Tips about Financing when Car Shopping
Before purchasing your dream car whether new or used, try to assess if the budget can really afford it.
- Questions like:
- How will it be paid?
- Who will be helping to pay for it?
- What is the price limit of the car to be bought?
- How long will it take to pay off the car?
These should be considered even while planning to buy the car. The trend nowadays is that people buy the cars by cashing out the down payment, and the balance will be paid by installment. Others are just lucky enough to have saved the right amount of money that they are able to cash out the total cost of the car, which, by the way, seldom happens anymore. Never set aside the possibility of paying thousands of dollars when buying from a dealer or a specific car company, where in the end, they charge you more for the interest which takes years to pay off.
Once you have found a way to finance the car you have your eye on, then it’s time to start shopping around. There are credit unions and even local banks that are willing to loan the needed amount to purchase the car with an Annual Percentage Rate of only 1.9 per cent. However, this may turn out to be a catch, since this will only be happening on the first year. Without prior notice, these interest rates can increase which is a total inconvenience for those with just a fixed income every year.
It is a big plus if a buyer is a member of a credit union. Being a member could save you the trouble of spending a whole day in a lender’s office because the processing of the loan could only take just a few minutes after filling out the necessary papers for the request. In a credit union, fifteen to twenty minutes is all that is needed to do the application. They could even loan up to $25,000.00 within just an hour after signing the papers.
It can save you quite a bit of money by researching prior to making that loan for a car. Car dealers are really digging out most of the pennies in a buyer’s pocket by issuing interest that is sometimes unreasonable. There are two things to consider when thinking of financing a new car:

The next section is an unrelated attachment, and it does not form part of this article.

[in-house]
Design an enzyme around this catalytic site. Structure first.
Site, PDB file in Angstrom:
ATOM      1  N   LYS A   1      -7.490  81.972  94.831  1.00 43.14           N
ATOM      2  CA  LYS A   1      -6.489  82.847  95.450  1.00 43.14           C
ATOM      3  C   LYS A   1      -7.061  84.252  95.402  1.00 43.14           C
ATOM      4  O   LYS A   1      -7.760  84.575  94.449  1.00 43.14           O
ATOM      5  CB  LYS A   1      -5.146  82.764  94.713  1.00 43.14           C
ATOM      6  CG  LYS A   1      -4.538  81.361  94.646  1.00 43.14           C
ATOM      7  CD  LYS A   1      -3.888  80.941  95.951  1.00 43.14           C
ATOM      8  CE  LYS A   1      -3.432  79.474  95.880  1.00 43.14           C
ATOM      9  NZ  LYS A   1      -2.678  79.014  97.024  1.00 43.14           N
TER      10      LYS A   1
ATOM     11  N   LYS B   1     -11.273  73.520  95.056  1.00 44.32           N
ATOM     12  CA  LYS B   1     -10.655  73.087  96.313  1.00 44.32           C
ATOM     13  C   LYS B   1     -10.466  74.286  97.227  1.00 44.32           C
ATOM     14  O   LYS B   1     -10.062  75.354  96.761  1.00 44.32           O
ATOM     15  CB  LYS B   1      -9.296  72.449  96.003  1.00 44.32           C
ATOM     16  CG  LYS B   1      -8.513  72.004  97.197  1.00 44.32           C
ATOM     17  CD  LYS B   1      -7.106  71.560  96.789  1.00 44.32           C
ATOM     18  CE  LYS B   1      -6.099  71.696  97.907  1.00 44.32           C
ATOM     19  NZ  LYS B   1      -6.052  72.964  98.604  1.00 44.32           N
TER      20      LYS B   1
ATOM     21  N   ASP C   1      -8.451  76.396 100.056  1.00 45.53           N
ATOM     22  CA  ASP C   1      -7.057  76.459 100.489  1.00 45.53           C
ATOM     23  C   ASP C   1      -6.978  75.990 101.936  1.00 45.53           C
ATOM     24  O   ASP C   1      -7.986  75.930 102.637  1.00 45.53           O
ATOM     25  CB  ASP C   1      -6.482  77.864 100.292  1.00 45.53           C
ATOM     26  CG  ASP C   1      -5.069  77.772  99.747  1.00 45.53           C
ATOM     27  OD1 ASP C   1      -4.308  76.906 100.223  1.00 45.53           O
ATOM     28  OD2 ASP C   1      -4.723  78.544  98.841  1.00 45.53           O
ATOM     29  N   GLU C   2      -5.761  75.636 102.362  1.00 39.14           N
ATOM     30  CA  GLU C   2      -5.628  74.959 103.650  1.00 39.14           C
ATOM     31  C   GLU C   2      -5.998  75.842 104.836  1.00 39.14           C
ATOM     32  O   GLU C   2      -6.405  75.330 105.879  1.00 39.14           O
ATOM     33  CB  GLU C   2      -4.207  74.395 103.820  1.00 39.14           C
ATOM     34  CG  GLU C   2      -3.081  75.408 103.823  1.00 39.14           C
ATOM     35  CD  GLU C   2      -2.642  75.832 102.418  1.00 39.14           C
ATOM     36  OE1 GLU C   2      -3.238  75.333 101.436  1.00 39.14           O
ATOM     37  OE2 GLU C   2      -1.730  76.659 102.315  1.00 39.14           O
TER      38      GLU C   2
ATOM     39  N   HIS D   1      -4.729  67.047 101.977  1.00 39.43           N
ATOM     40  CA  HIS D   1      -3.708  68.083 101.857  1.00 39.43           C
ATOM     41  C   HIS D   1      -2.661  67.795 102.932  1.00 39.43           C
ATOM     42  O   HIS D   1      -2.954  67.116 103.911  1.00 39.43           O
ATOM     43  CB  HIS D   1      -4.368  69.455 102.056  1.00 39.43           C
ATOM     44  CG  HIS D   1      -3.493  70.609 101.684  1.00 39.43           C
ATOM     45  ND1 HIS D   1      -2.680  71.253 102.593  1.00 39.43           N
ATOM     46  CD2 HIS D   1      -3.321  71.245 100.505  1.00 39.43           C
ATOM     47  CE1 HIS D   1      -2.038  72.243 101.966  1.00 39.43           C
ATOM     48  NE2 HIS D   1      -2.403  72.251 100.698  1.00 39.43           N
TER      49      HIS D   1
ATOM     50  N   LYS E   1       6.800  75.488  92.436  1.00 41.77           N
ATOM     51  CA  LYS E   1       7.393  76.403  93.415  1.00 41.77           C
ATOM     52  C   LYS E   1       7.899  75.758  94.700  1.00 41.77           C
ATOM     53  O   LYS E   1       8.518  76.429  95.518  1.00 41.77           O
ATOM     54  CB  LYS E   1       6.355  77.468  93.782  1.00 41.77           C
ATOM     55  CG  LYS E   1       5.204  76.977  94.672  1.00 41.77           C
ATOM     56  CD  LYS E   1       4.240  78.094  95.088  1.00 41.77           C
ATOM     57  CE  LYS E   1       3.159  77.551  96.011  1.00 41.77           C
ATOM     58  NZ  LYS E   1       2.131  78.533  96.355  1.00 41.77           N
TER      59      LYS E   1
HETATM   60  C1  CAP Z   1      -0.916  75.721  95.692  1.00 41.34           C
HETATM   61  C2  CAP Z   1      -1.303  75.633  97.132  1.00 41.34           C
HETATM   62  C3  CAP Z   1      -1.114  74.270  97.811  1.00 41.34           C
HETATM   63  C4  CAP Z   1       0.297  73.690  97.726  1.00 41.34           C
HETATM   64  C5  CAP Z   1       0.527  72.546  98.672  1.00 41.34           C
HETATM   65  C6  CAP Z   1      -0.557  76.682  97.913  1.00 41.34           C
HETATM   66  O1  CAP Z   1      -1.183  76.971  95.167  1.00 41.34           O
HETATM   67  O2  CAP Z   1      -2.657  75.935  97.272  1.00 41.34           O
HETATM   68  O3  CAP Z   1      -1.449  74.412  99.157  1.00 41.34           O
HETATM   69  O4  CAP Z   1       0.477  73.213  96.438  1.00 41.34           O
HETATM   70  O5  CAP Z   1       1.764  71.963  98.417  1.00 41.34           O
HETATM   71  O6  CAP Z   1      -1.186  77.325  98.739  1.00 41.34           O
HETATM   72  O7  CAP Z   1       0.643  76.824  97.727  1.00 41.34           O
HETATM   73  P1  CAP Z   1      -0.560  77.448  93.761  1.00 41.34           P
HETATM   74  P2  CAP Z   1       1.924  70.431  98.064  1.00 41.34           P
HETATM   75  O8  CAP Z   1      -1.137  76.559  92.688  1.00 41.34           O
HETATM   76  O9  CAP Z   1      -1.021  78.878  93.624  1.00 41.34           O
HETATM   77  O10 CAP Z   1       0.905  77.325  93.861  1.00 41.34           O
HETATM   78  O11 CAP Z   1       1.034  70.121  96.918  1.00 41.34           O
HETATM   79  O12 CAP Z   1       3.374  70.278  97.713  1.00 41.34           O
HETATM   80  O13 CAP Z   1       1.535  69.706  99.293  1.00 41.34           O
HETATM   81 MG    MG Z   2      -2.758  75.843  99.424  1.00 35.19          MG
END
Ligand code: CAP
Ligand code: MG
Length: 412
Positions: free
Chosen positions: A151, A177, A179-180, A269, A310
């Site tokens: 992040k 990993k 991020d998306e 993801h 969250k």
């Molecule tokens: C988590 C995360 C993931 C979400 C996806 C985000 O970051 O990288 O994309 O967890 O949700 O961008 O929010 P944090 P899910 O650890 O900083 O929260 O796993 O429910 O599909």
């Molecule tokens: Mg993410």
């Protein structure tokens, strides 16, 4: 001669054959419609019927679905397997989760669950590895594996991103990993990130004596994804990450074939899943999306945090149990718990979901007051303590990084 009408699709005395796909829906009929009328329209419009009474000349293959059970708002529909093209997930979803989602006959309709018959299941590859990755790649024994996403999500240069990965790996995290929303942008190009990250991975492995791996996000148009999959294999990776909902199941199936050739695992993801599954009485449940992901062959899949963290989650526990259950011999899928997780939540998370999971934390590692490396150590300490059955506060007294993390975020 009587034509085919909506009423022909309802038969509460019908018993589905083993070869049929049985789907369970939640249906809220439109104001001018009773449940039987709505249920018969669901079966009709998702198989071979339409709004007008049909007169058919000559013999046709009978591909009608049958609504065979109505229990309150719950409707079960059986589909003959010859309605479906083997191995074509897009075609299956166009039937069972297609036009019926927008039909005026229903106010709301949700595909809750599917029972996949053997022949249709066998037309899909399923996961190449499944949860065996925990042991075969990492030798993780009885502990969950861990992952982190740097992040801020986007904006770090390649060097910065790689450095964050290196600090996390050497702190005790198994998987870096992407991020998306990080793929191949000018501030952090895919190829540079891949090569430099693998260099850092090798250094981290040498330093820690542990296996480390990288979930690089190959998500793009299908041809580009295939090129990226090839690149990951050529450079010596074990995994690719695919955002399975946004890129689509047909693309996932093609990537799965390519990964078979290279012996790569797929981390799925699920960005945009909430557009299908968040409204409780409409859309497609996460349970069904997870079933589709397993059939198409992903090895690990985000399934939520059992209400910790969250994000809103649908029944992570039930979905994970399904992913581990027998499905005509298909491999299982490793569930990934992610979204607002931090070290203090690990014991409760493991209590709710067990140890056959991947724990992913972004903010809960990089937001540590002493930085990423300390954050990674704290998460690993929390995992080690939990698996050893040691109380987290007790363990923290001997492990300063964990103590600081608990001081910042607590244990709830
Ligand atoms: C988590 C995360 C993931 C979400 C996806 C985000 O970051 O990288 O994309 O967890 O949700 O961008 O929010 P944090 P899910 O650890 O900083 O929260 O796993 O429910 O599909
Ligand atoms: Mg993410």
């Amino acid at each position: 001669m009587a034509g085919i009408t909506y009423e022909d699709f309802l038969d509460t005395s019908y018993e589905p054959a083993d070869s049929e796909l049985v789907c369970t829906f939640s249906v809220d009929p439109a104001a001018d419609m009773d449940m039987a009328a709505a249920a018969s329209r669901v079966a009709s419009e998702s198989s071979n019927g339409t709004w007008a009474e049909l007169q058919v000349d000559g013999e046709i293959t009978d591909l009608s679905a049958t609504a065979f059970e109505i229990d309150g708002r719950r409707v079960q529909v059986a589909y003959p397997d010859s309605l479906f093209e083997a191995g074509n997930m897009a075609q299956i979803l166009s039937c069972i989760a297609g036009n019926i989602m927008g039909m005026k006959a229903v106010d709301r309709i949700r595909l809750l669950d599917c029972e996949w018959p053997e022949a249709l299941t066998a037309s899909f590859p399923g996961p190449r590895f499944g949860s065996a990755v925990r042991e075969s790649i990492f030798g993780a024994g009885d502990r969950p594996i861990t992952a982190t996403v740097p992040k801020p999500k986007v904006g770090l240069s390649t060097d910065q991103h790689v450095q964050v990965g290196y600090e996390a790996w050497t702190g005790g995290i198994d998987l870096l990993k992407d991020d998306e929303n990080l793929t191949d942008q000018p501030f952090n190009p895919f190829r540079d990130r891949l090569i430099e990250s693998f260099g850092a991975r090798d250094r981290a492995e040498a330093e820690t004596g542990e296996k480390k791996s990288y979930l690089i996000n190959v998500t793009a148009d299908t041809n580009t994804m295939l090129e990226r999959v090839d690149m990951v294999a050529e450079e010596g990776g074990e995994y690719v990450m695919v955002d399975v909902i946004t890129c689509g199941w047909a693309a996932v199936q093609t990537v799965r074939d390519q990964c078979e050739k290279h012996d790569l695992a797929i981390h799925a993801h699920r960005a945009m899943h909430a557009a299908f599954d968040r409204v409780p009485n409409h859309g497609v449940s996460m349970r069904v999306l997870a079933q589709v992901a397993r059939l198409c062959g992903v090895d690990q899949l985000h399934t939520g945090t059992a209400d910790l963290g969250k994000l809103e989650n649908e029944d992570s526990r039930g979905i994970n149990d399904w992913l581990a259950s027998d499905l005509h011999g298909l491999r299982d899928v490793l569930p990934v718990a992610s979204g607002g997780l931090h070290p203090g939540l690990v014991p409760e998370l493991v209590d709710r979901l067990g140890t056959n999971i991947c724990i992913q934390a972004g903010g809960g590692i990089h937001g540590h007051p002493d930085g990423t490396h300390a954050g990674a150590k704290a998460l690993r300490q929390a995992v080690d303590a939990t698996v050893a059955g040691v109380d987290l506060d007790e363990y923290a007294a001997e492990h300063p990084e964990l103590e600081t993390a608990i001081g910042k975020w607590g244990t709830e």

First, what’s the price you are willing to be spend? More often than not, asking yourself the question: How much of the car price do you intend to buy instead? Only do so if you know you can afford the car of your choice. Consider regular monthly expenditures. The monthly payment for the new car should not get in the way of paying the fixed expenses. If in case it does, by merely doing the math, then just consider an older car or one that may not be quite as “upscale.” Just make sure that all is checked and examined to avoid hassle in the future.
Second, is it really important to change cars every two to four years? Consider cars offered on a lease, if so. Other dealers and car companies offer the leasing of a car for that amount of time, which you can return but no money will be refunded. However, there is an allotted amount of distance or mileage that should be covered during those years of lease, but this is negotiable. On the other hand, if a buyer is not interested in changing cars, it’s best not to opt for the cars for lease.
It is safest to get a loan from a credit union or a financial institution instead of a local car salesman; they will definitely try to squeeze your bottom dollar. Get information from someone you can trust and is expert about financing a car, for they will be able to give you tips to benefit your own interests. Financing either a new or a second hand car is a lot of sweat, but the determination to get the best car at the best price can be considered a success.
This should be a win, win situation for anyone. After all it’s your money that is at stake here. Do your research and it can be a beneficial decision on your part.